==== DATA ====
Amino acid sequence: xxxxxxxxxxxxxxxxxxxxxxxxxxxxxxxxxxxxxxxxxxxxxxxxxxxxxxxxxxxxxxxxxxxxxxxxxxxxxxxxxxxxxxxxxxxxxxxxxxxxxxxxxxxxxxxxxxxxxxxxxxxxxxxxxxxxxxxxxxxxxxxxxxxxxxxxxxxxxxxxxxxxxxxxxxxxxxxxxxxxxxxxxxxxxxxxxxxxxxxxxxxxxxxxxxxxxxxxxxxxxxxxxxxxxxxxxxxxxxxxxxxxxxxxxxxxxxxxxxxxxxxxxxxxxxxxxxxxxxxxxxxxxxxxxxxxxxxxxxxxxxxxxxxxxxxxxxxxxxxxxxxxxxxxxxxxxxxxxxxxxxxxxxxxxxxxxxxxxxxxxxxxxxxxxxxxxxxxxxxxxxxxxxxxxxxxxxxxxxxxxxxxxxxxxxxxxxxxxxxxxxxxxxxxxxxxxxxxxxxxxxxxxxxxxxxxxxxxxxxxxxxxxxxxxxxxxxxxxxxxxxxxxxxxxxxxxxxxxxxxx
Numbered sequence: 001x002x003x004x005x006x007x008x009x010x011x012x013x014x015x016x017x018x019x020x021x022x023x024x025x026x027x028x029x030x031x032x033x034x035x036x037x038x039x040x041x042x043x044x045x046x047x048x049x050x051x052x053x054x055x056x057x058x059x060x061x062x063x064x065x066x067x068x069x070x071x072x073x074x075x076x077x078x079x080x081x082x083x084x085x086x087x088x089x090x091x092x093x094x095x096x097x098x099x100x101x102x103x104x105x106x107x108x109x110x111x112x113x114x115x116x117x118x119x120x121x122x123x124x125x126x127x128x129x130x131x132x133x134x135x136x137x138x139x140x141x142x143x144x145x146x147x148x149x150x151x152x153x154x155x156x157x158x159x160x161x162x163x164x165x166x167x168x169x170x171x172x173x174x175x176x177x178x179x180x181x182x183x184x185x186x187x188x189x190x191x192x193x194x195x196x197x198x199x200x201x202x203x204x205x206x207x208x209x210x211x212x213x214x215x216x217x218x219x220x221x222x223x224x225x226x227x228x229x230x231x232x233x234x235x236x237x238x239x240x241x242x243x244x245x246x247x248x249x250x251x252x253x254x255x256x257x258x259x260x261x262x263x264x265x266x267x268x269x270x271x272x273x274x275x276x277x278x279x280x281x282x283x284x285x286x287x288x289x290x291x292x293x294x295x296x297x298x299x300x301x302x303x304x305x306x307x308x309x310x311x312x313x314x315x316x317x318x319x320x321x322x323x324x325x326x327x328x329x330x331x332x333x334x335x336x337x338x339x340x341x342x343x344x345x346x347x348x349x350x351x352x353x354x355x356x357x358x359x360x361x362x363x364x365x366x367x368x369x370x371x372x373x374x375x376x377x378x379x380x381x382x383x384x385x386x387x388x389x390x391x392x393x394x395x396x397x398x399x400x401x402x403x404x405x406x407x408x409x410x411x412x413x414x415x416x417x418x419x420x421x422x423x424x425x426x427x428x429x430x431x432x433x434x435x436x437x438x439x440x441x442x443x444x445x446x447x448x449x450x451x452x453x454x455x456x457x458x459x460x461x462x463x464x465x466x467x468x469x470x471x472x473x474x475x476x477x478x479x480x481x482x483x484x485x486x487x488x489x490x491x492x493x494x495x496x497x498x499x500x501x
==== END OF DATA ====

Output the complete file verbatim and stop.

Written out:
Amino acid sequence: xxxxxxxxxxxxxxxxxxxxxxxxxxxxxxxxxxxxxxxxxxxxxxxxxxxxxxxxxxxxxxxxxxxxxxxxxxxxxxxxxxxxxxxxxxxxxxxxxxxxxxxxxxxxxxxxxxxxxxxxxxxxxxxxxxxxxxxxxxxxxxxxxxxxxxxxxxxxxxxxxxxxxxxxxxxxxxxxxxxxxxxxxxxxxxxxxxxxxxxxxxxxxxxxxxxxxxxxxxxxxxxxxxxxxxxxxxxxxxxxxxxxxxxxxxxxxxxxxxxxxxxxxxxxxxxxxxxxxxxxxxxxxxxxxxxxxxxxxxxxxxxxxxxxxxxxxxxxxxxxxxxxxxxxxxxxxxxxxxxxxxxxxxxxxxxxxxxxxxxxxxxxxxxxxxxxxxxxxxxxxxxxxxxxxxxxxxxxxxxxxxxxxxxxxxxxxxxxxxxxxxxxxxxxxxxxxxxxxxxxxxxxxxxxxxxxxxxxxxxxxxxxxxxxxxxxxxxxxxxxxxxxxxxxxxxxxxxxxxxxx
Numbered sequence: 001x002x003x004x005x006x007x008x009x010x011x012x013x014x015x016x017x018x019x020x021x022x023x024x025x026x027x028x029x030x031x032x033x034x035x036x037x038x039x040x041x042x043x044x045x046x047x048x049x050x051x052x053x054x055x056x057x058x059x060x061x062x063x064x065x066x067x068x069x070x071x072x073x074x075x076x077x078x079x080x081x082x083x084x085x086x087x088x089x090x091x092x093x094x095x096x097x098x099x100x101x102x103x104x105x106x107x108x109x110x111x112x113x114x115x116x117x118x119x120x121x122x123x124x125x126x127x128x129x130x131x132x133x134x135x136x137x138x139x140x141x142x143x144x145x146x147x148x149x150x151x152x153x154x155x156x157x158x159x160x161x162x163x164x165x166x167x168x169x170x171x172x173x174x175x176x177x178x179x180x181x182x183x184x185x186x187x188x189x190x191x192x193x194x195x196x197x198x199x200x201x202x203x204x205x206x207x208x209x210x211x212x213x214x215x216x217x218x219x220x221x222x223x224x225x226x227x228x229x230x231x232x233x234x235x236x237x238x239x240x241x242x243x244x245x246x247x248x249x250x251x252x253x254x255x256x257x258x259x260x261x262x263x264x265x266x267x268x269x270x271x272x273x274x275x276x277x278x279x280x281x282x283x284x285x286x287x288x289x290x291x292x293x294x295x296x297x298x299x300x301x302x303x304x305x306x307x308x309x310x311x312x313x314x315x316x317x318x319x320x321x322x323x324x325x326x327x328x329x330x331x332x333x334x335x336x337x338x339x340x341x342x343x344x345x346x347x348x349x350x351x352x353x354x355x356x357x358x359x360x361x362x363x364x365x366x367x368x369x370x371x372x373x374x375x376x377x378x379x380x381x382x383x384x385x386x387x388x389x390x391x392x393x394x395x396x397x398x399x400x401x402x403x404x405x406x407x408x409x410x411x412x413x414x415x416x417x418x419x420x421x422x423x424x425x426x427x428x429x430x431x432x433x434x435x436x437x438x439x440x441x442x443x444x445x446x447x448x449x450x451x452x453x454x455x456x457x458x459x460x461x462x463x464x465x466x467x468x469x470x471x472x473x474x475x476x477x478x479x480x481x482x483x484x485x486x487x488x489x490x491x492x493x494x495x496x497x498x499x500x501x